Up to 1.7m have €100 a month or less once bills paid, survey reveals
518,000 left with no money after essential bills are paid
Irish League of Credit Unions chief executive Kieron Brennan said many households are restricted by a tight budget and “seriously struggling on a daily basis”. Photograph: Eric Luke
Family budgets remain under severe pressure but there has been a small shift towards stabilisation of household incomes, according to the latest survey by the Irish League of Credit Unions.
Some 518,000 people are left with no money at the end of the month after essential bills are paid, according the most recent survey. This represents a reduction of more than 70,000 since December 2012, when the figure stood at 690,000.
The What’s Left Tracker survey also shows that eight in 10 people have to sacrifice items including food, clothes and health insurance in order to pay bills. Almost four in 10 adults postpone paying essential bills.
Some 1.7 million people have €100 or less of disposable income left once bills are paid, but this figure is down from 2.1 million in December 2012.
The number of people with less than €50 left after essential bills have been paid fell by 380,000 to 1.2 million during the same period.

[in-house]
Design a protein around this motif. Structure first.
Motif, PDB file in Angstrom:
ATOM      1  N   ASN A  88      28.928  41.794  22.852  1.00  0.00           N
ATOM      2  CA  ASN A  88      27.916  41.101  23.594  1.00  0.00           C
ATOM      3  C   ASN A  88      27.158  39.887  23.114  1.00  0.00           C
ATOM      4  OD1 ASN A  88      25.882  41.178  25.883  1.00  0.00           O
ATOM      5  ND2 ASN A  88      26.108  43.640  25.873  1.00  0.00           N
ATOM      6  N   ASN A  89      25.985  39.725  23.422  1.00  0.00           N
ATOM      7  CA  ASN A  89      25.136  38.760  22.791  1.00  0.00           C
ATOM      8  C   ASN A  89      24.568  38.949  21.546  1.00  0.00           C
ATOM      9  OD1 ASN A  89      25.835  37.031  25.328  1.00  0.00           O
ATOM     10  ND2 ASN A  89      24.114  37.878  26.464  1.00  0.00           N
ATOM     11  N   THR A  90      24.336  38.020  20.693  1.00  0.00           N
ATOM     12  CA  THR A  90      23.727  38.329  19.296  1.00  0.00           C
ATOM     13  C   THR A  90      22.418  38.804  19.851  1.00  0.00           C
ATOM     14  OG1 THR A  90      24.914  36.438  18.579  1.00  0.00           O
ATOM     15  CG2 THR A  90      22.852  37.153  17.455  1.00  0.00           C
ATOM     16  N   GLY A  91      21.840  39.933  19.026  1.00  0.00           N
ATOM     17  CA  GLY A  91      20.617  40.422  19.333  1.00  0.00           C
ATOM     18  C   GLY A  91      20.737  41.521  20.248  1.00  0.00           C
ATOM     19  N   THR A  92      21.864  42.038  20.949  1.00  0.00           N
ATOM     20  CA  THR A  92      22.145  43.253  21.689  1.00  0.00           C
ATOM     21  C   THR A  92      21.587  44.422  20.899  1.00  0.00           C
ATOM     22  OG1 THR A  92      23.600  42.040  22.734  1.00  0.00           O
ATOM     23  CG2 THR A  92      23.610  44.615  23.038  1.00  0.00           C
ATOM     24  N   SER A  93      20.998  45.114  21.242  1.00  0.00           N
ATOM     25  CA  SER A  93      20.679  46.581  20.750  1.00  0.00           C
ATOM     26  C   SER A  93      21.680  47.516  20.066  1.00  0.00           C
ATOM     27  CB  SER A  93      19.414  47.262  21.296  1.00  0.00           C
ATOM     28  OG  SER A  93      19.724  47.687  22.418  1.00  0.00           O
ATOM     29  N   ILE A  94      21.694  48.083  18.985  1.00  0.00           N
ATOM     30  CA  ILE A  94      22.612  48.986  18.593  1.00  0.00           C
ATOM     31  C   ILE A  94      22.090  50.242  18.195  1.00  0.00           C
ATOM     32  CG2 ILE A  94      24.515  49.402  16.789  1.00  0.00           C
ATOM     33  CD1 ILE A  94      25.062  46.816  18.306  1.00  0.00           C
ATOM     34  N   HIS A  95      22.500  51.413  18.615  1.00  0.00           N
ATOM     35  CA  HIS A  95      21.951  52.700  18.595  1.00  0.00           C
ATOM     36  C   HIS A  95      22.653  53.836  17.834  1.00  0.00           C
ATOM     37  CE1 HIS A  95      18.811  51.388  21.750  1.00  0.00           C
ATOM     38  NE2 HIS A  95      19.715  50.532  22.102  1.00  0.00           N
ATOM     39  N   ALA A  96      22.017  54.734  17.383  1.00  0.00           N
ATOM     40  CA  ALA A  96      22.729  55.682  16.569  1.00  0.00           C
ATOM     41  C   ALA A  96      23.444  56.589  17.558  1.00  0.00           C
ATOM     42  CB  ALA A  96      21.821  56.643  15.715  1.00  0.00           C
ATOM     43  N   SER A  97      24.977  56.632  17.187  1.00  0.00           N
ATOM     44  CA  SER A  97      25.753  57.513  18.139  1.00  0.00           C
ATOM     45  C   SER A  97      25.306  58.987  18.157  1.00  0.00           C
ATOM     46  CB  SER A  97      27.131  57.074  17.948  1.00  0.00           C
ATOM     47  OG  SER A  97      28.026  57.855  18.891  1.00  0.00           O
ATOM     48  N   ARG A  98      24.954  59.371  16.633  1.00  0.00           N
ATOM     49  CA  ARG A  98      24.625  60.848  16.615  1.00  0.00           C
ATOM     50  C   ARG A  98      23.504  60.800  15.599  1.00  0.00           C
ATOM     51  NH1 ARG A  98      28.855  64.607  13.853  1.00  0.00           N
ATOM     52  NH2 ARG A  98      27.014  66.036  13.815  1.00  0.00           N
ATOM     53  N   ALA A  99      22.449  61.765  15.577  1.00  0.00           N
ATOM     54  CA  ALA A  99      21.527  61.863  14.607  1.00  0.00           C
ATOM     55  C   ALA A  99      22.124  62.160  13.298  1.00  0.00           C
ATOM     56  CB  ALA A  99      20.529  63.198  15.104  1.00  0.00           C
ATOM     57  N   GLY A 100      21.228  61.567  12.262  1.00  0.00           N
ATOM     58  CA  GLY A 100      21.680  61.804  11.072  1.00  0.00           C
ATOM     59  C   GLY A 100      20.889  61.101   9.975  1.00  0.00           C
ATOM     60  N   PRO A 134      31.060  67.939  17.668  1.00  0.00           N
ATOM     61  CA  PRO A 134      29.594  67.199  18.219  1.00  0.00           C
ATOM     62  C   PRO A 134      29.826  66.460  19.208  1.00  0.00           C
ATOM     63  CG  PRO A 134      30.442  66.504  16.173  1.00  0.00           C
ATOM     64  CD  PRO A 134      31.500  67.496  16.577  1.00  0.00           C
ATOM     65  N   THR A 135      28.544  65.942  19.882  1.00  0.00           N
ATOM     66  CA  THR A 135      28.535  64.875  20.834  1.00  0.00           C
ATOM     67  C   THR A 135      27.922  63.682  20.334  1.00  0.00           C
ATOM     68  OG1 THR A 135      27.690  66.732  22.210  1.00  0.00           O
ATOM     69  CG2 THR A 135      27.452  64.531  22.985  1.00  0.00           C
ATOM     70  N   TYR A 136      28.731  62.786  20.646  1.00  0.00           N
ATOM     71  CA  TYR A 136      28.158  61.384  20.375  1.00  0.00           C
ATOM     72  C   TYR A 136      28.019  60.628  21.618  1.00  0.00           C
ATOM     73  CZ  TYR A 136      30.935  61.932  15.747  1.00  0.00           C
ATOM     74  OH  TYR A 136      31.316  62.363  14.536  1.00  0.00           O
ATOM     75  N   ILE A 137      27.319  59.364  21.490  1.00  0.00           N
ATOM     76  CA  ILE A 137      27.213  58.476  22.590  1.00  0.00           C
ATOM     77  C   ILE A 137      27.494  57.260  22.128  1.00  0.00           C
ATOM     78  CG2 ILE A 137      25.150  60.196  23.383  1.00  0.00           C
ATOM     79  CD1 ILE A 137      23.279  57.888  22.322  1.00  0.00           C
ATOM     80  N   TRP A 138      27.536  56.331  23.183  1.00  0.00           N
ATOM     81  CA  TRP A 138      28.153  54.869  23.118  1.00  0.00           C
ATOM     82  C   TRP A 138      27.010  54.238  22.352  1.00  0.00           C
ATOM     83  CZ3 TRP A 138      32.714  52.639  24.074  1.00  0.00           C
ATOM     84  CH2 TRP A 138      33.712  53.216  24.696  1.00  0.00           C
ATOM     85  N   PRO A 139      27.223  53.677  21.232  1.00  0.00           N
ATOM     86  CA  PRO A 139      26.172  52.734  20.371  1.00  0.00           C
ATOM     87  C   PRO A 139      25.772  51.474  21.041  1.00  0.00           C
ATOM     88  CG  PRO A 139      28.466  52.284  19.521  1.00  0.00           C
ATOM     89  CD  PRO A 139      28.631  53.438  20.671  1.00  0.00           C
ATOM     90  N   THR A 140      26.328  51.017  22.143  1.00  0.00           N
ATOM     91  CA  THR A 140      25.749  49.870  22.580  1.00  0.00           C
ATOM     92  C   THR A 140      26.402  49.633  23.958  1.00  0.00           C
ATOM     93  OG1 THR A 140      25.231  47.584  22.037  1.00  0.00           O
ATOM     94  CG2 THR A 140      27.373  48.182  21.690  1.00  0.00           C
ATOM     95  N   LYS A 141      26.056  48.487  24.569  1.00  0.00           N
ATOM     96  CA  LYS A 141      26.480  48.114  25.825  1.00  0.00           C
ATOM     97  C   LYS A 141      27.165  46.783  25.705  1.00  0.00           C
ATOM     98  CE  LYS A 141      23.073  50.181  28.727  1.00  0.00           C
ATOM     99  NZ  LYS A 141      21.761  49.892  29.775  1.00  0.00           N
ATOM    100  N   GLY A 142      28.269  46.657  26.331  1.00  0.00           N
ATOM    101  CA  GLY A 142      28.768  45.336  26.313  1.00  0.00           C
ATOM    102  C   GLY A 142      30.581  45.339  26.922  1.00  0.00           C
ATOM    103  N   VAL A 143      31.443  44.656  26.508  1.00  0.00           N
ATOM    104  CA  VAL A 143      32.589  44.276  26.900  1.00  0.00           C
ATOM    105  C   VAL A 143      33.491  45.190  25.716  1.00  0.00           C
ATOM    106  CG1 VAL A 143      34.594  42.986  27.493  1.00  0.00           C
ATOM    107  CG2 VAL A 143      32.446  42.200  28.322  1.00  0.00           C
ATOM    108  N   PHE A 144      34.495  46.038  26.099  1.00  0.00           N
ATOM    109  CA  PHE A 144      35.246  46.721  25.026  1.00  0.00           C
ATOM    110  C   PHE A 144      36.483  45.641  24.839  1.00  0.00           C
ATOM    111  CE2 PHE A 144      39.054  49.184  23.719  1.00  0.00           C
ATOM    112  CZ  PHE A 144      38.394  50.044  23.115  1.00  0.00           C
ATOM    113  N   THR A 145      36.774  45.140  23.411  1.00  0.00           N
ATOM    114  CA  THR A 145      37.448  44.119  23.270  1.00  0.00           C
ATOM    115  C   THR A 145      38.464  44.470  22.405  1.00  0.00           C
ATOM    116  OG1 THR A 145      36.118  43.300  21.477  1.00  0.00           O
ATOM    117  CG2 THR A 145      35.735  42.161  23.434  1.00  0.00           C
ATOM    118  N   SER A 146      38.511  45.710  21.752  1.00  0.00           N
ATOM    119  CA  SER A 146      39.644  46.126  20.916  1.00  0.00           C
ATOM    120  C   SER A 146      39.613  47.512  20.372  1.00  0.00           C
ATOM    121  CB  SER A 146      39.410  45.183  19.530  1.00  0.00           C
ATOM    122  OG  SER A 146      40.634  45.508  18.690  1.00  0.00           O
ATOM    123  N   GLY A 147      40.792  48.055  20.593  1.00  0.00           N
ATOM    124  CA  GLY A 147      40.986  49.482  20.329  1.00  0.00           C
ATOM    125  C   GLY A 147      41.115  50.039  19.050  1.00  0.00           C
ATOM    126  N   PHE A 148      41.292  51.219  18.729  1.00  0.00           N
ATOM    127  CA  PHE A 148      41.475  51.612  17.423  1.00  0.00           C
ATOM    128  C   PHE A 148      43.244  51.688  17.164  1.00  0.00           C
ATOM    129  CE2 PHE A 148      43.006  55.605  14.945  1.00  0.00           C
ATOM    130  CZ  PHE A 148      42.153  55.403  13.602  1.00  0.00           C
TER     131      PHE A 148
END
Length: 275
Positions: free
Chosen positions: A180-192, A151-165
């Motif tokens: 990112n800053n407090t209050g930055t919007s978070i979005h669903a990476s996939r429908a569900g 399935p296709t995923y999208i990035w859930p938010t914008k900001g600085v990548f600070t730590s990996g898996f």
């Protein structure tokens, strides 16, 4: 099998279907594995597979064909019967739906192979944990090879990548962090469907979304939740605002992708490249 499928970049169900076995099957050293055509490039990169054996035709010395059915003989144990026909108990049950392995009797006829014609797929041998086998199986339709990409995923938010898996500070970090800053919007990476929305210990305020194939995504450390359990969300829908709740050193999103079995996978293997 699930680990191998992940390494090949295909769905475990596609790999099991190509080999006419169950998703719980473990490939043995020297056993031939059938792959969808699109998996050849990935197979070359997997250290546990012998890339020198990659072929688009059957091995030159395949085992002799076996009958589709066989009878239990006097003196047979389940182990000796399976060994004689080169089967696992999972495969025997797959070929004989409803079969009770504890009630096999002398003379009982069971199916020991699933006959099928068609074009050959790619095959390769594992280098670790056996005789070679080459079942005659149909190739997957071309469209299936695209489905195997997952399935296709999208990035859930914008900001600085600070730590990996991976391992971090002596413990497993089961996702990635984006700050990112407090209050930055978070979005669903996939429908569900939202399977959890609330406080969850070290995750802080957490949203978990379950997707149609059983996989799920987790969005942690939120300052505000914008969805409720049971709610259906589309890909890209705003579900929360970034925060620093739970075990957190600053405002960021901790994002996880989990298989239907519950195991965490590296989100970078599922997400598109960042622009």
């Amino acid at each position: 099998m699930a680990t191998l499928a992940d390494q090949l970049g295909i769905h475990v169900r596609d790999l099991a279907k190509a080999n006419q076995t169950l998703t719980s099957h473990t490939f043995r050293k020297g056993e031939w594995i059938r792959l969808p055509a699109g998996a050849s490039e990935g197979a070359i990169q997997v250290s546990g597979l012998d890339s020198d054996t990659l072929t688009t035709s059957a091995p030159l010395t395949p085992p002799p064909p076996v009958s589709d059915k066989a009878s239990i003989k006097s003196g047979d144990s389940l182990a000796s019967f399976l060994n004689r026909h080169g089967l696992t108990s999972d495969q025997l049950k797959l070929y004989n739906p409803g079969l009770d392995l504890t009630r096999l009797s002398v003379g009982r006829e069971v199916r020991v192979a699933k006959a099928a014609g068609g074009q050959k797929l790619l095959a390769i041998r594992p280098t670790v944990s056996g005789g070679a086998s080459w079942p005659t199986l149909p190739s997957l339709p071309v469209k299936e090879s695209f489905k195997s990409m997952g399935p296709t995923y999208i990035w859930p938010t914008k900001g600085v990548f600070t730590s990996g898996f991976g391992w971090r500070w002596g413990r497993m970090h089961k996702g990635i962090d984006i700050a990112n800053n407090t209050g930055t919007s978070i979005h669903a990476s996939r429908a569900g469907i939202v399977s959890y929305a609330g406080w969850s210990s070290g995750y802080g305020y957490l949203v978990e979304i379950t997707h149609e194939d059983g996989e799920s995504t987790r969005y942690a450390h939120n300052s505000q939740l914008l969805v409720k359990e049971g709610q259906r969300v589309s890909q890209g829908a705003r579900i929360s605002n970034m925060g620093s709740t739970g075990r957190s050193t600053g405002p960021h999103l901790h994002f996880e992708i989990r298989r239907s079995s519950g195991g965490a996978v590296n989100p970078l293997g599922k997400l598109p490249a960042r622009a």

The number of working adults with no money left at the end of the month fell by more than 53,000 to 213,600.
While the survey found that many people are still struggling to keep up with bills, it also revealed that almost four in 10 are now in a position to save. The monthly average put aside is €170, down from €180 in December of last year.
Kieron Brennan, chief executive of the league of credit unions , welcomed the slight stabilisation in disposable income, but noted that many households are still restricted by a tight budget and “seriously struggling on a daily basis”.
“It will be interesting to see if this trend continues throughout the year and what the real impact of the property tax is on households.”
One in five of those questioned said they were unlikely to pay their local property tax before the July deadline.
The survey’s findings indicate disposable income is stabilising slightly for the first time since 2011.
The average post-tax net monthly income for a family household is €2,710, with expenditure coming in at €2,571 per month.
The average net monthly income for an individual with no family commitments is €1,470, with typical outgoings of €1,291 per month.
The largest single monthly spend for people is a mortgage or rent payment, with households paying an average of €878 on their mortgage or €517 on rent and individuals paying €694 on a mortgage or €327 renting.
The next largest monthly household expenses are oil (at a cost of €97 for households and €71 for individuals) and electricity (costing €100 for households and €60 for individuals).
Other significant expenses include credit card repayments, pension contributions, and childcare, education and transport costs.